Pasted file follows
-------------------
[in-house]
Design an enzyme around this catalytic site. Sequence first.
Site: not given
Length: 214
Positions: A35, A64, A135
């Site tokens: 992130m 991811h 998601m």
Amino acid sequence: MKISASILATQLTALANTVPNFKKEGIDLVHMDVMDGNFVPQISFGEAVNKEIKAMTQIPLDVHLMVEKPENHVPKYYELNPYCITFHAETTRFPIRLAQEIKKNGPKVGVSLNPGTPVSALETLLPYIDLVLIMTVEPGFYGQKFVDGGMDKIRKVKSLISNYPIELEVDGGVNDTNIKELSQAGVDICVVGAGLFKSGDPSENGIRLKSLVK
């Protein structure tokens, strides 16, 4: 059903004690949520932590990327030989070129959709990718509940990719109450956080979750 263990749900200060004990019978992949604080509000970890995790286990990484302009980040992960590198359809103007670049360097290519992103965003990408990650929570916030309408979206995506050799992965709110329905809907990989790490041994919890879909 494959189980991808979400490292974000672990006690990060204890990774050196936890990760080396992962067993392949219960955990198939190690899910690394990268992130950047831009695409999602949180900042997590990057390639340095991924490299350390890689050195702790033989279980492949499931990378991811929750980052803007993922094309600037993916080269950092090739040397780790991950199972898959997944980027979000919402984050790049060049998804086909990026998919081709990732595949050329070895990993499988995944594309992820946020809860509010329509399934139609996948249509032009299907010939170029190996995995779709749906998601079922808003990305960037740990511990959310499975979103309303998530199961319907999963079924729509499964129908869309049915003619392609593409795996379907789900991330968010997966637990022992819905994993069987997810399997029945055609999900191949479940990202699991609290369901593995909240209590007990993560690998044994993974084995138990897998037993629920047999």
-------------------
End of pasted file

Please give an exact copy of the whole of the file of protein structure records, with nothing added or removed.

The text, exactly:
[in-house]
Design an enzyme around this catalytic site. Sequence first.
Site: not given
Length: 214
Positions: A35, A64, A135
């Site tokens: 992130m 991811h 998601m």
Amino acid sequence: MKISASILATQLTALANTVPNFKKEGIDLVHMDVMDGNFVPQISFGEAVNKEIKAMTQIPLDVHLMVEKPENHVPKYYELNPYCITFHAETTRFPIRLAQEIKKNGPKVGVSLNPGTPVSALETLLPYIDLVLIMTVEPGFYGQKFVDGGMDKIRKVKSLISNYPIELEVDGGVNDTNIKELSQAGVDICVVGAGLFKSGDPSENGIRLKSLVK
């Protein structure tokens, strides 16, 4: 059903004690949520932590990327030989070129959709990718509940990719109450956080979750 263990749900200060004990019978992949604080509000970890995790286990990484302009980040992960590198359809103007670049360097290519992103965003990408990650929570916030309408979206995506050799992965709110329905809907990989790490041994919890879909 494959189980991808979400490292974000672990006690990060204890990774050196936890990760080396992962067993392949219960955990198939190690899910690394990268992130950047831009695409999602949180900042997590990057390639340095991924490299350390890689050195702790033989279980492949499931990378991811929750980052803007993922094309600037993916080269950092090739040397780790991950199972898959997944980027979000919402984050790049060049998804086909990026998919081709990732595949050329070895990993499988995944594309992820946020809860509010329509399934139609996948249509032009299907010939170029190996995995779709749906998601079922808003990305960037740990511990959310499975979103309303998530199961319907999963079924729509499964129908869309049915003619392609593409795996379907789900991330968010997966637990022992819905994993069987997810399997029945055609999900191949479940990202699991609290369901593995909240209590007990993560690998044994993974084995138990897998037993629920047999």